MYC is not the only oncogenic TF. Alterations in ETS family members, especially through chromosomal translations as well as gene amplification, can drive tumor initiation, progression and metastasis in a variety of cancer types.  Additional cancer target TFs include STAT3 and other members of the signal transducer and activator of transcription (STAT) family, b-catenin, FOS, JUN, MYB, SOX2, RUNX1 and SMADs. Beyond primary tumor growth, TFs have been shown to be critical in epithelial-mesenchymal transition, tumor cell invasion and metastasis. These include TWIST1, Snail, and ZEB.

Another target whose inhibition could lead to broad anticancer activity is hypoxia-inducible factor 1-a (HIF1a). HIF1a is a subunit of a heterodimeric TF. It is the master transcriptional regulator of cellular response to hypoxia, a state of low oxygen levels found in solid tumors.  The dysregulation and overexpression of HIF1a by either hypoxia or genetic alternations have been strongly implicated in cancer biology, including tumor survival, metabolism, angiogenesis and chemoresistance.

TFs in Broad Disease Biology

TFs can act as master regulators of cell phenotype and lineage, with potentially powerful leverage on disease-relevant biology.  An excellent example is in the differentiation and activity of distinct T lymphocyte subsets. The TF TBX21 (encodes T-bet) drives Th1 cells, while GATA3 directs Th2 cells, and RORγT drives Th17 cells. FOXP3 drives the differentiation and activity of regulatory T cells (Tregs). The modulation of these TFs could be an effective treatment for inflammatory diseases or for promoting an anti-tumor immune response in an immuno-oncology application. Beyond T cells, a compelling TF target is IRF5.  IRF5 upregulation induces the differentiation of tumor stimulating M2 macrophages to anti-tumor M1 macrophages.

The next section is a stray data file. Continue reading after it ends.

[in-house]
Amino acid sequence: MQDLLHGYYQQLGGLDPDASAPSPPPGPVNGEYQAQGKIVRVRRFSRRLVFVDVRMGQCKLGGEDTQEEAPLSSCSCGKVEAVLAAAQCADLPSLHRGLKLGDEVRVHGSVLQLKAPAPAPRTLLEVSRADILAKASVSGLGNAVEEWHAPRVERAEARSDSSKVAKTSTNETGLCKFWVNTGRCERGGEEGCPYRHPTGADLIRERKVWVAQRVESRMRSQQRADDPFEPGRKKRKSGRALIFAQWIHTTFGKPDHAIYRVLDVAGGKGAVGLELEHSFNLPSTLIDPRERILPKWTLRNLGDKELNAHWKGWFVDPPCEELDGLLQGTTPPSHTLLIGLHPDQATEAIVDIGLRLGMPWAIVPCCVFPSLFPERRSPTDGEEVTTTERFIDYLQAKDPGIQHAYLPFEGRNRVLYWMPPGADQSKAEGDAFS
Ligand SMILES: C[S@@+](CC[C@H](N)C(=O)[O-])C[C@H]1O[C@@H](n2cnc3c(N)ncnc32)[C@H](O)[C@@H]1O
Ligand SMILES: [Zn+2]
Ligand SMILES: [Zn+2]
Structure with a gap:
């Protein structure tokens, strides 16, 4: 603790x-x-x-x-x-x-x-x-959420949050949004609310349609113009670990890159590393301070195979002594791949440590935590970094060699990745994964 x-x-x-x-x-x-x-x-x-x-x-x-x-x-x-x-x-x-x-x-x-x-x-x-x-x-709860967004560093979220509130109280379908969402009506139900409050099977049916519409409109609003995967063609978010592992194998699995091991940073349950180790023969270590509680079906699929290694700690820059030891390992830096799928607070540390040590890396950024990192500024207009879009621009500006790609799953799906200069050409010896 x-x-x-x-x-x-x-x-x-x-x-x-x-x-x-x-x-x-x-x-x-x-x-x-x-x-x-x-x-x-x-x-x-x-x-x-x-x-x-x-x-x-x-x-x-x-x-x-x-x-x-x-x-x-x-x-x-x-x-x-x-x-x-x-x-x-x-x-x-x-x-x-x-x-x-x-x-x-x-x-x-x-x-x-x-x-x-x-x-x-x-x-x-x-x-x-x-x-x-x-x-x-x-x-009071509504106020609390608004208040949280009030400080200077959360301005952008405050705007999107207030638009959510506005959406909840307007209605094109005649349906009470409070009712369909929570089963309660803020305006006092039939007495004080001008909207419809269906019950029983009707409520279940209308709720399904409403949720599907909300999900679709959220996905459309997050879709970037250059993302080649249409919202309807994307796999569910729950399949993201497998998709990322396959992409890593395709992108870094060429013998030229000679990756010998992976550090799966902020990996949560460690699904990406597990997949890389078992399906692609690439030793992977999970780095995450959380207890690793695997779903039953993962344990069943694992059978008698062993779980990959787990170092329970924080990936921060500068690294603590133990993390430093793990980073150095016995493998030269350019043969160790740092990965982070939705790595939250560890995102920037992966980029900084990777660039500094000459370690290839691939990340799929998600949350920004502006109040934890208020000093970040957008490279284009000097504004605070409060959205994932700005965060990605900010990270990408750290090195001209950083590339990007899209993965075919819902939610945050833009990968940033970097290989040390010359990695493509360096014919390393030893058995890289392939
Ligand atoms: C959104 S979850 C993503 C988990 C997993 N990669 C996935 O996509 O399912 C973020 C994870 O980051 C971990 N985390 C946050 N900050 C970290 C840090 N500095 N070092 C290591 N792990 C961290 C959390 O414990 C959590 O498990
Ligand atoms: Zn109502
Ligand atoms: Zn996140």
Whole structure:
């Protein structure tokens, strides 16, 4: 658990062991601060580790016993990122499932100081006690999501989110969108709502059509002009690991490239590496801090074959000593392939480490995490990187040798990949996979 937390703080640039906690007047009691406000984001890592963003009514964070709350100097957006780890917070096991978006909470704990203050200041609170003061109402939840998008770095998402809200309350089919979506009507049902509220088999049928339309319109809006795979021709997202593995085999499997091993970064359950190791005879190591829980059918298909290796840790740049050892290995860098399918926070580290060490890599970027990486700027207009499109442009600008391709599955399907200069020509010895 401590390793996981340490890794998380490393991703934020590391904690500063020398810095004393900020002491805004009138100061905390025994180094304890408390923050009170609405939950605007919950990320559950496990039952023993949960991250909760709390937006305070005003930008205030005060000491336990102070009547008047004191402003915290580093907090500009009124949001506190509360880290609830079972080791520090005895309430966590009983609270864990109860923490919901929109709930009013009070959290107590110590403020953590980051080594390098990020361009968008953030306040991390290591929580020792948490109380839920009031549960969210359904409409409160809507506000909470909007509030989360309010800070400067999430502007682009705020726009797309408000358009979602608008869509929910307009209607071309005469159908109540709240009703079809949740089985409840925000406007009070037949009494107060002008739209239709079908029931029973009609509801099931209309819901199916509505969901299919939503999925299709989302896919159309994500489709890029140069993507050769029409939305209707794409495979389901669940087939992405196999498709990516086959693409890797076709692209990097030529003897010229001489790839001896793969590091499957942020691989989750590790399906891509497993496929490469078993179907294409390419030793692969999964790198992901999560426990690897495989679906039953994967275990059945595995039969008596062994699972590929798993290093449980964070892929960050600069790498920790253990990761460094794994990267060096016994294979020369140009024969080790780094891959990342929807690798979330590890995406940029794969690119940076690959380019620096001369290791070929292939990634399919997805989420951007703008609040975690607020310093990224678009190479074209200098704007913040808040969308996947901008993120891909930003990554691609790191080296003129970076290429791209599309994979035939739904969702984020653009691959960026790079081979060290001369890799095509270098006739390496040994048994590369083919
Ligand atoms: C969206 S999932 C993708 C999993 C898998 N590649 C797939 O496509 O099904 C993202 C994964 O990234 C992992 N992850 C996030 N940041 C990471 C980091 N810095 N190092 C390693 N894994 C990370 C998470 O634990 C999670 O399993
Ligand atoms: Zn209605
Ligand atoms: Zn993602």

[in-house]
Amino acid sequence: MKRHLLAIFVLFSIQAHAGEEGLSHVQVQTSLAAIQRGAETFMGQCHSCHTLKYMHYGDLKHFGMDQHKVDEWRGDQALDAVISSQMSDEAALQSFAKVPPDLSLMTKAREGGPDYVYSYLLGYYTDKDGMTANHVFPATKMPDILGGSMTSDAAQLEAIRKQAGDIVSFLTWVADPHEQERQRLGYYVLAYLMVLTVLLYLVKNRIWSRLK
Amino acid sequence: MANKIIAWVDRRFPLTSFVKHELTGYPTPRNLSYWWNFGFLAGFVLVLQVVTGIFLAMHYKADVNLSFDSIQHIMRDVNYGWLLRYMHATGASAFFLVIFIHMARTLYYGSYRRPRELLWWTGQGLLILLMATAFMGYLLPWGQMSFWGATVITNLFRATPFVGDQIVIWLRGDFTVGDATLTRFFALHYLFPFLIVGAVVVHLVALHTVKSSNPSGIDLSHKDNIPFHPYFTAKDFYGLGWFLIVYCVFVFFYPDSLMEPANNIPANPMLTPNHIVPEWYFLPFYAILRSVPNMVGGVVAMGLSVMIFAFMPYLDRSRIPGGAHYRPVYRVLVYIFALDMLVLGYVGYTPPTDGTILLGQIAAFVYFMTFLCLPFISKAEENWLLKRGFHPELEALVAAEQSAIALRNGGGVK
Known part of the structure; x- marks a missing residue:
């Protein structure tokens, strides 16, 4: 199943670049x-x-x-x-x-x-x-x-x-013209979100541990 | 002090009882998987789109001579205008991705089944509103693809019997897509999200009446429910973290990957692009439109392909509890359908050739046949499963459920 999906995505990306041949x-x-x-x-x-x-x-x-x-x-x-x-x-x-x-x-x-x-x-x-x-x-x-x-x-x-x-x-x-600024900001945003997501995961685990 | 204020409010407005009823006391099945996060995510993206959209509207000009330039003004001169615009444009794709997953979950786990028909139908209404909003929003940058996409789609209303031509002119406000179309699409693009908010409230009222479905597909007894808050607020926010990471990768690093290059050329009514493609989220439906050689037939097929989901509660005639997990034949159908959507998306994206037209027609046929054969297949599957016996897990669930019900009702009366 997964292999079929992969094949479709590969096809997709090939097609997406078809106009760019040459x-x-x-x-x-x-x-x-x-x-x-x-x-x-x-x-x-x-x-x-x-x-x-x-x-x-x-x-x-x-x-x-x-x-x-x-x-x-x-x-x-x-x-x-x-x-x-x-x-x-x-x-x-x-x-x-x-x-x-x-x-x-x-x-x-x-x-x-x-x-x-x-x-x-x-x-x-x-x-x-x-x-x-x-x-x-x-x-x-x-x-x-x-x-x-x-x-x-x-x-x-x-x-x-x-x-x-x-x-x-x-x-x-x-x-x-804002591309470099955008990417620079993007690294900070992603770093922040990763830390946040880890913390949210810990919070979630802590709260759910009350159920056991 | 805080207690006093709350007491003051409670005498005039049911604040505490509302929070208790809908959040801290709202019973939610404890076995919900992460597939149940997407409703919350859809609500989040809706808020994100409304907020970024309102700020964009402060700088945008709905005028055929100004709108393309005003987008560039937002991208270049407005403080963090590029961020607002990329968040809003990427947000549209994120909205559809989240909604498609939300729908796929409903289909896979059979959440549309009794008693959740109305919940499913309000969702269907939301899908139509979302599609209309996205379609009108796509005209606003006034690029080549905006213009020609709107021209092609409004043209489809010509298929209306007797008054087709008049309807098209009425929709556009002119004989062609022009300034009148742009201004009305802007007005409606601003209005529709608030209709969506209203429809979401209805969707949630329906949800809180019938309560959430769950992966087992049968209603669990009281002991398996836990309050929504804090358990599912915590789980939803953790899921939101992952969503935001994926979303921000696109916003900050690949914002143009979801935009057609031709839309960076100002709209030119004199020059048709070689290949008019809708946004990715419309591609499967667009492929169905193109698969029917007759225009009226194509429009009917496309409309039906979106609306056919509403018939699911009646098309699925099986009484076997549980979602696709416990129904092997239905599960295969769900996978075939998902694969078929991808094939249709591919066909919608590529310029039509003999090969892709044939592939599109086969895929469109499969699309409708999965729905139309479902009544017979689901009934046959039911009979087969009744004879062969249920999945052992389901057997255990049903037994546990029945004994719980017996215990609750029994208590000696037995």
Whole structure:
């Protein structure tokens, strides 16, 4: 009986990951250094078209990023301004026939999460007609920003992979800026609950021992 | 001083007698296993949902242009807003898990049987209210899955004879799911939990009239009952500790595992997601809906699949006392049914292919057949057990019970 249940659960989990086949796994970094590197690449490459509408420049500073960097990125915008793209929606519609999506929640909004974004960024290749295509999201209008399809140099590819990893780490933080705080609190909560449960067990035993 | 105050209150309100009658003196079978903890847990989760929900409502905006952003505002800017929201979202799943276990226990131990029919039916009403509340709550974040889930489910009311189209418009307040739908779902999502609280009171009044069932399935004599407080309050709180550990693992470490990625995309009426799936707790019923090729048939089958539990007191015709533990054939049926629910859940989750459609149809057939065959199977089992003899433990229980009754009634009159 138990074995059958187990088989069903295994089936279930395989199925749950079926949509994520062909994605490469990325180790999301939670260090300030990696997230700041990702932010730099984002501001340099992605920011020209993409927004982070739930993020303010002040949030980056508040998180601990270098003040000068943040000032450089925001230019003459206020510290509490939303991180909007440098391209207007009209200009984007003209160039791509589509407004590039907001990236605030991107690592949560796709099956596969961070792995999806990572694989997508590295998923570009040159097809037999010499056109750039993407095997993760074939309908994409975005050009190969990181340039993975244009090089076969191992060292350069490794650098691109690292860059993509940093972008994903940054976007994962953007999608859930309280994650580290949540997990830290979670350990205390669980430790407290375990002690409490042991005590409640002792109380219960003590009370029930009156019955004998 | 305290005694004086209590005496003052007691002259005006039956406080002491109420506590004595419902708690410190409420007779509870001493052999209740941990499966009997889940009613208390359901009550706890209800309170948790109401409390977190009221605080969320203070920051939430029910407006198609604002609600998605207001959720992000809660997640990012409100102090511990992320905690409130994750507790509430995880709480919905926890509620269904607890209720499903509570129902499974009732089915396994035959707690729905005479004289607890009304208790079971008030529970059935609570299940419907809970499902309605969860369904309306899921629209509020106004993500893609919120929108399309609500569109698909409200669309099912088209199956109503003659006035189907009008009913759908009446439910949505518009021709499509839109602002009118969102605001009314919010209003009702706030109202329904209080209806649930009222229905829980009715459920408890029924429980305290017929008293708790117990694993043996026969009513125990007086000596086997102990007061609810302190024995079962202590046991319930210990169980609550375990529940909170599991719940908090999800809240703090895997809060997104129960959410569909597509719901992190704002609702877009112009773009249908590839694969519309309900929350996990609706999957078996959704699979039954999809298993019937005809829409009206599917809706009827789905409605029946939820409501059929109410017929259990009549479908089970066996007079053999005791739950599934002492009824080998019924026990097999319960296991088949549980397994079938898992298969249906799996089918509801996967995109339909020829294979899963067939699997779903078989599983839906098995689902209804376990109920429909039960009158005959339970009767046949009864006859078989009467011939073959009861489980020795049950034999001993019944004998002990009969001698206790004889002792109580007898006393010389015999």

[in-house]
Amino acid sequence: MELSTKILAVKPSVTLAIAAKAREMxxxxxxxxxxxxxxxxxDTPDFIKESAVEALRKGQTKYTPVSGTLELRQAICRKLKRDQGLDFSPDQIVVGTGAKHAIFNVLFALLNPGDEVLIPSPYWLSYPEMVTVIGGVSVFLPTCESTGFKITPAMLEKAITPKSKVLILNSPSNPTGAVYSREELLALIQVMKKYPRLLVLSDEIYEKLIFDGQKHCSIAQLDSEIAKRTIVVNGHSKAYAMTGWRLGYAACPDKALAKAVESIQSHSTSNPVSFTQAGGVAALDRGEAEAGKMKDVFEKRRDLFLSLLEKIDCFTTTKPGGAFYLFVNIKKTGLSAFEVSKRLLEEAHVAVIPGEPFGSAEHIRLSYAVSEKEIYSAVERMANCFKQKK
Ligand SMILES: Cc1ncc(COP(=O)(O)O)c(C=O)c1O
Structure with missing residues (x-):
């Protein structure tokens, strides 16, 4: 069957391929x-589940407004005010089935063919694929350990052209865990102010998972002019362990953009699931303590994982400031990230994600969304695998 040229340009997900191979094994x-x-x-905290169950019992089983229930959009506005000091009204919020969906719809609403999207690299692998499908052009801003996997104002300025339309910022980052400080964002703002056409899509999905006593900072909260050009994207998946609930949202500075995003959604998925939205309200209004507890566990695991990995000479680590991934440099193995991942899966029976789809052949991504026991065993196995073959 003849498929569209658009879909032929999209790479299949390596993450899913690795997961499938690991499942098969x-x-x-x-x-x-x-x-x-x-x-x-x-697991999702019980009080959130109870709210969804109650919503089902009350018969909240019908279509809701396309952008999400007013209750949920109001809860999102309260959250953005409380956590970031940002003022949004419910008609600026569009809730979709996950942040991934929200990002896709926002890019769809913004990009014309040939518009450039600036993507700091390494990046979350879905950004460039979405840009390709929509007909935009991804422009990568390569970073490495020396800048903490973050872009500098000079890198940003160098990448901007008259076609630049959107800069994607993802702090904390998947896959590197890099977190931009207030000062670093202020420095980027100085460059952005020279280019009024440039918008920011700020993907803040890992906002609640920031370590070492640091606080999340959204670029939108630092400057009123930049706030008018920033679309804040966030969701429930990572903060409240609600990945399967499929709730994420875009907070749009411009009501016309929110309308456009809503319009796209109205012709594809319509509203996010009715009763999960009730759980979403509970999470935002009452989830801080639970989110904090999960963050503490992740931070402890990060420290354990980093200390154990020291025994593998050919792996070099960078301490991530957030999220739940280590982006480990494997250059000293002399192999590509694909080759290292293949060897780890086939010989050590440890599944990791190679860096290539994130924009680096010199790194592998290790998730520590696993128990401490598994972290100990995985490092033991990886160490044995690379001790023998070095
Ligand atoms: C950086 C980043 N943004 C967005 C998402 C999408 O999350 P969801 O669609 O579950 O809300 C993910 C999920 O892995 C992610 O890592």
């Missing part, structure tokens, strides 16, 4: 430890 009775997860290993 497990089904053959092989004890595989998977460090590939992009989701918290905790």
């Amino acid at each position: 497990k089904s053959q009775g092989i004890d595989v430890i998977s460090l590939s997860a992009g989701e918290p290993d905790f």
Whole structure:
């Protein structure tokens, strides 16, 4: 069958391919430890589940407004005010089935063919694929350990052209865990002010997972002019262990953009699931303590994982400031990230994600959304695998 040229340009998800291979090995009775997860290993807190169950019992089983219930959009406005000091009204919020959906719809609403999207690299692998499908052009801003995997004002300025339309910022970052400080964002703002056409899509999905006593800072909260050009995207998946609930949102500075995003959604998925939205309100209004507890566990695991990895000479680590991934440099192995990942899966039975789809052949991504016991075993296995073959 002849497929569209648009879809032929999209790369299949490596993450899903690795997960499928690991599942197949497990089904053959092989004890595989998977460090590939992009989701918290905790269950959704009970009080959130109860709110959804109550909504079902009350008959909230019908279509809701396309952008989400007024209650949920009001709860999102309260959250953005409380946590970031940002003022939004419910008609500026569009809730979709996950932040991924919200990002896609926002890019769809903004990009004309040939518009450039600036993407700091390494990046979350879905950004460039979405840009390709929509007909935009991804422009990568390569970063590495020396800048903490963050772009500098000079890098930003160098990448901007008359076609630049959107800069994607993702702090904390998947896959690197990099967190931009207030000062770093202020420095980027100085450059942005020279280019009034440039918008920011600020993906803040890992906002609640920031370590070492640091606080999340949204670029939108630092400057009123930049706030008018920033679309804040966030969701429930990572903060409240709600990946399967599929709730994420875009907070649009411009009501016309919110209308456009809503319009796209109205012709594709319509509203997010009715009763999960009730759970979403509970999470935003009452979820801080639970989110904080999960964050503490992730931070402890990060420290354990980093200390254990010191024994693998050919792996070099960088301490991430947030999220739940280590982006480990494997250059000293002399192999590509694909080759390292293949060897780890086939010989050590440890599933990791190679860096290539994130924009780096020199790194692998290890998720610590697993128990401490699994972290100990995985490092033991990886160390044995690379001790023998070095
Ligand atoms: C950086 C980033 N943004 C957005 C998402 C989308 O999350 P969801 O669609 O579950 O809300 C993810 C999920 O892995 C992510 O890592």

Bringing TFs within Therapeutic Reach

Various nucleic acid-based therapeutic strategies are being deployed to overcome the challenges in addressing targets that have not been druggable by SMs and antibodies.  Oligonucleotide therapeutics such as antisense or siRNA have been developed to reduce deleterious gene expression. More recently, CRISPR technology has been a focus as a means of correcting genetic lesions. But these modalities all face challenges in drug delivery in vivo. Successful delivery has been limited primarily to the liver and to local compartments (e.g., intrathecal injection into the spinal cord for the treatment of spinal muscular atrophy). In addition, the long-term safety of these therapeutics in chronic use is not yet clear.

Arrakis’s approach to modulating proteins that themselves are difficult to antagonize or agonize with a SM is to instead target the RNA encoding or regulating the protein. mRNA possesses secondary and tertiary structures that have numerous druggable pockets for SMs. Via selective binding to certain mRNA structures in functionally important regions, we intend to modulate the expression level of proteins whose activity we cannot attack directly. RNA molecules not only have druggable pockets, but our bioinformatics analysis suggests there is vast structural diversity enabling the identification of potent and selective binders. We believe that targeting RNA with small-molecule medicines can access a wealth of previously undruggable drivers of human disease, opening up new classes of targets, such as transcription factors. Stay tuned, as we share more of our thinking on new biology enabled by the technology we are developing here at Arrakis.